The National Association of Realtors’ Pending Home Sales Index is a forward-looking indicator that measures the number of contracts to purchase homes that are signed during the month. In April, pending home sales rose for the second straight month, climbing 0.4 percent from the previous month’s total. Lawrence Yun, NAR’s chief economist, said higher inventory levels are giving buyers more choices. That, along with a slight decline in mortgage rates this spring, has boosted buyer confidence and should help raise the number of closed sales in coming months, according to Yun. Regionally, the Midwest saw a 5 percent increase in contract signings, while the Northeast climbed 0.6 percent. The South and West both saw slight declines. Despite the month-over-month increase, however, contract signings are still 9.2 percent below last year’s level. The NAR expects annual existing-home sales to finish the year slightly below the 5.1 million homes sold in 2013. More here.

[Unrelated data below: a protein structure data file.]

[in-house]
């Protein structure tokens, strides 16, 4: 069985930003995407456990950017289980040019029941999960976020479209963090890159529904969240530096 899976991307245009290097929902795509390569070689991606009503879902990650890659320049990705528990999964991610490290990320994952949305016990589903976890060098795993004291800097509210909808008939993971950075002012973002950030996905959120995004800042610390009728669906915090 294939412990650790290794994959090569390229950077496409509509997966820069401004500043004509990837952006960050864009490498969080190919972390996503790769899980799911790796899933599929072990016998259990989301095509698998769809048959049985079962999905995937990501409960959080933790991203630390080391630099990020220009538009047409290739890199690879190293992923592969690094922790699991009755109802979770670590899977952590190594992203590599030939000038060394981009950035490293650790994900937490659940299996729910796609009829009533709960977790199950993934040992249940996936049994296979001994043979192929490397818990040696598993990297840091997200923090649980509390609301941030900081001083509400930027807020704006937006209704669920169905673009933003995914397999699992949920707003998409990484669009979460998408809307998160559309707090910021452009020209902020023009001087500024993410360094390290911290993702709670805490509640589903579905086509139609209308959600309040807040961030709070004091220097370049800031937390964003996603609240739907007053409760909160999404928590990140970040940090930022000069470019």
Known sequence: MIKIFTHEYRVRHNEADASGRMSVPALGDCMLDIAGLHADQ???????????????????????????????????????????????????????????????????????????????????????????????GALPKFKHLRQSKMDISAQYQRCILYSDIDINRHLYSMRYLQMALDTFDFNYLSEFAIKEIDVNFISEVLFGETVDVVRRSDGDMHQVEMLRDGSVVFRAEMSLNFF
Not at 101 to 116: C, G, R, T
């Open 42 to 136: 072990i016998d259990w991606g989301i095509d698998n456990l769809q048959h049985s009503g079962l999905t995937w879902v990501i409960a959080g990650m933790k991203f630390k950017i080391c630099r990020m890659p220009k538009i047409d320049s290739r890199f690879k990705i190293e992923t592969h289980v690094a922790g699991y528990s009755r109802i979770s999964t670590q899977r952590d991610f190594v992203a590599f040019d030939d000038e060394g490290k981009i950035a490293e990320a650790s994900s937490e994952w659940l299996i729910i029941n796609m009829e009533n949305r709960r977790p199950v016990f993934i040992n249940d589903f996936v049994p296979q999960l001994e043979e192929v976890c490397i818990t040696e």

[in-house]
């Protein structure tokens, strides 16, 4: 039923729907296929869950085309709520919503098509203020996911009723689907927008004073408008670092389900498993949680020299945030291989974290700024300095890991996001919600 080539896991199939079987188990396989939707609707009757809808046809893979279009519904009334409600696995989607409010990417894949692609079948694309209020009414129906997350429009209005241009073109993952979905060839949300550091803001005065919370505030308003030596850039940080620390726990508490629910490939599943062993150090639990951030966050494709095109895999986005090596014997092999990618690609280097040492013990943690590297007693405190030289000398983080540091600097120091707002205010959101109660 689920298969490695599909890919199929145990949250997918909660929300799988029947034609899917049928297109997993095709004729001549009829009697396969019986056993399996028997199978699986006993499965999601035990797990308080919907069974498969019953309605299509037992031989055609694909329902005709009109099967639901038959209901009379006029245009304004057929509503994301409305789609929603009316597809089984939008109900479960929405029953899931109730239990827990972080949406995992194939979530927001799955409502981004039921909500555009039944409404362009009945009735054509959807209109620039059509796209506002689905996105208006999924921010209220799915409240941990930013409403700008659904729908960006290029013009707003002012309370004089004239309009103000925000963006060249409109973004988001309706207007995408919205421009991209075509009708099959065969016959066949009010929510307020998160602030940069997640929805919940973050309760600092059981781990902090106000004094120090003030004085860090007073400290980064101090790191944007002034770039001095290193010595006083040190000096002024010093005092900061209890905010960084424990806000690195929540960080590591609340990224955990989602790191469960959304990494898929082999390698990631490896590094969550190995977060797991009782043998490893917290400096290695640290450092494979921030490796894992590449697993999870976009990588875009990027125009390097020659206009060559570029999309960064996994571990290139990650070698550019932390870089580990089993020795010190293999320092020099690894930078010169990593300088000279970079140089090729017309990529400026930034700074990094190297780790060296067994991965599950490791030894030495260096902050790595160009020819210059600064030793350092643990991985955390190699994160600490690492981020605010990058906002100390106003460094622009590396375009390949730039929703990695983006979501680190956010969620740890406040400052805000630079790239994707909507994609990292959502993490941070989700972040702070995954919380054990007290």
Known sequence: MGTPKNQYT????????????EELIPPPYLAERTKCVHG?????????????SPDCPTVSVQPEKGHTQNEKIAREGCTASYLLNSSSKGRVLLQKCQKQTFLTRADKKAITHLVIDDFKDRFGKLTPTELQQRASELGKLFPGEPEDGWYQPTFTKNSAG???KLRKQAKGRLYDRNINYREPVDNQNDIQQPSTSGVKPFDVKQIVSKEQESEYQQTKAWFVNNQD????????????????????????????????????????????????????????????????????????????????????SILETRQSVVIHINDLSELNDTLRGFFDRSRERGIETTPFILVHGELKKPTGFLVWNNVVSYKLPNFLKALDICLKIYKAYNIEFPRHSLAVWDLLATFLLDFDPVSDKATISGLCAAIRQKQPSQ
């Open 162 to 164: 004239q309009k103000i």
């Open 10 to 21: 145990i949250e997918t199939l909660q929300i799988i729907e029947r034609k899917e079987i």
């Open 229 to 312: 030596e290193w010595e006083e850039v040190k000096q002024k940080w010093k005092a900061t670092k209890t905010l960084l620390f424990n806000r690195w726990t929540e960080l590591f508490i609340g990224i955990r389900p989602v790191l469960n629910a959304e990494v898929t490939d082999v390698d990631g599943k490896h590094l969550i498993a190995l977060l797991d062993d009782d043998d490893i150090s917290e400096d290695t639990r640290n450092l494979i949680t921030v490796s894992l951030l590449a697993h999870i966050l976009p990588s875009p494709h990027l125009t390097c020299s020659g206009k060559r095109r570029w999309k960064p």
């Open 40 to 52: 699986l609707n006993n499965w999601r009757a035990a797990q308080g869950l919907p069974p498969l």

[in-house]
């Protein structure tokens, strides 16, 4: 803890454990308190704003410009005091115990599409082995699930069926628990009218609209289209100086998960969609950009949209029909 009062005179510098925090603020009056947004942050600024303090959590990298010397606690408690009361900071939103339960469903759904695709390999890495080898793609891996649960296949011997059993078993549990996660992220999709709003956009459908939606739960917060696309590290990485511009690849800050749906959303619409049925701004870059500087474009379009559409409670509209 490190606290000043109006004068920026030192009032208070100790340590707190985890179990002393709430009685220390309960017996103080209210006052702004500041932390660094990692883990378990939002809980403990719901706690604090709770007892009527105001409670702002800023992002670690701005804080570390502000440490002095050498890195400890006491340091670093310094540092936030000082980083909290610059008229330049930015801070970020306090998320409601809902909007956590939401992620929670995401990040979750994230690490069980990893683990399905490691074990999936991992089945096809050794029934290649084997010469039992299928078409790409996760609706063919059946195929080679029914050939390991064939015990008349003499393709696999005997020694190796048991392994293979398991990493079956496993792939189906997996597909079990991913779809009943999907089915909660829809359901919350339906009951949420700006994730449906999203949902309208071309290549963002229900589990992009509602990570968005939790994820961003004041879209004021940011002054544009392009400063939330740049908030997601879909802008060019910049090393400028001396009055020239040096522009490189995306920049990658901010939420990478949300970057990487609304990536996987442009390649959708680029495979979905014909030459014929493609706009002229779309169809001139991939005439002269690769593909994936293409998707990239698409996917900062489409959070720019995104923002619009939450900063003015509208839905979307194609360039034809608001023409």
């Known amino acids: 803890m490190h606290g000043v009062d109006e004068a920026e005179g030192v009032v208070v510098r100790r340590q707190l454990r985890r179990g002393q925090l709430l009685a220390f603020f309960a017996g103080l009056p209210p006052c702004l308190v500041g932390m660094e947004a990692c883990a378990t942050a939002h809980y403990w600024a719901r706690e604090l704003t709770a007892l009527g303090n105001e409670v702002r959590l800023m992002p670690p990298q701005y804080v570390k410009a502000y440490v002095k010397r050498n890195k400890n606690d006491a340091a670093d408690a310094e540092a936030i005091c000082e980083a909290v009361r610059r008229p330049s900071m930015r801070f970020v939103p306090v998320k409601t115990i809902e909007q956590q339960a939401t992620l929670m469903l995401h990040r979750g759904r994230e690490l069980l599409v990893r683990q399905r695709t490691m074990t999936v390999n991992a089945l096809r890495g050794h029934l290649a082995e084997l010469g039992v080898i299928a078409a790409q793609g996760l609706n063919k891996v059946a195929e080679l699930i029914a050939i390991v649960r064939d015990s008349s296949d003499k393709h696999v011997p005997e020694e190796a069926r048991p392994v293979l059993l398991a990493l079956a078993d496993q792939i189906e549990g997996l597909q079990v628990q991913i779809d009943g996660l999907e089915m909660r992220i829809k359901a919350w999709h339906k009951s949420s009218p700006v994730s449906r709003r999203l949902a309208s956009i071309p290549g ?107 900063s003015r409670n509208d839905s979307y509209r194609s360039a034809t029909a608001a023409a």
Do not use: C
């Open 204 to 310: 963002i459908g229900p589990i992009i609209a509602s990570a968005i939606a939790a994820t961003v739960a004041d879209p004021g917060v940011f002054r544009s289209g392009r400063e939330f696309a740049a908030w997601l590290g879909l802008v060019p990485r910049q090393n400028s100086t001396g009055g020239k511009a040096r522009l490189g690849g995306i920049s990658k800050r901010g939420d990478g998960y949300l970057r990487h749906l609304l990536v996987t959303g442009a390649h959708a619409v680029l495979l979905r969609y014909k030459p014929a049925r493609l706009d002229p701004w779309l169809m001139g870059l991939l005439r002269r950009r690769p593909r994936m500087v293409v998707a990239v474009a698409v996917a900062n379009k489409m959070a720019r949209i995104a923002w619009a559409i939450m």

According to the Mortgage Bankers Association’s Weekly Applications Survey, average mortgage rates for 30-year fixed-rate mortgages with conforming and jumbo balances fell to their lowest level since June of last year. FHA-backed loans also posted their lowest mortgage rates in nearly a year. The drop continues a recent trend, which has seen mortgage rates falling for most of the past month. Despite favorable rates, however, demand for mortgage applications remained relatively flat last week, with the Market Composite Index – which measures both refinance and purchase demand – falling 1.2 percent. Both the Refinance and Purchase Index were 1 percent below the previous week. The refinance share of total mortgage activity was also flat, holding at 52 percent. Experts expect refinance demand – which spiked when mortgage rates dropped to record lows – to cool this year, as the mortgage market becomes driven by people buying homes rather than homeowners refinancing their loans. The MBA’s weekly survey has been conducted since 1990 and covers 75 percent of all retail residential mortgages. More here.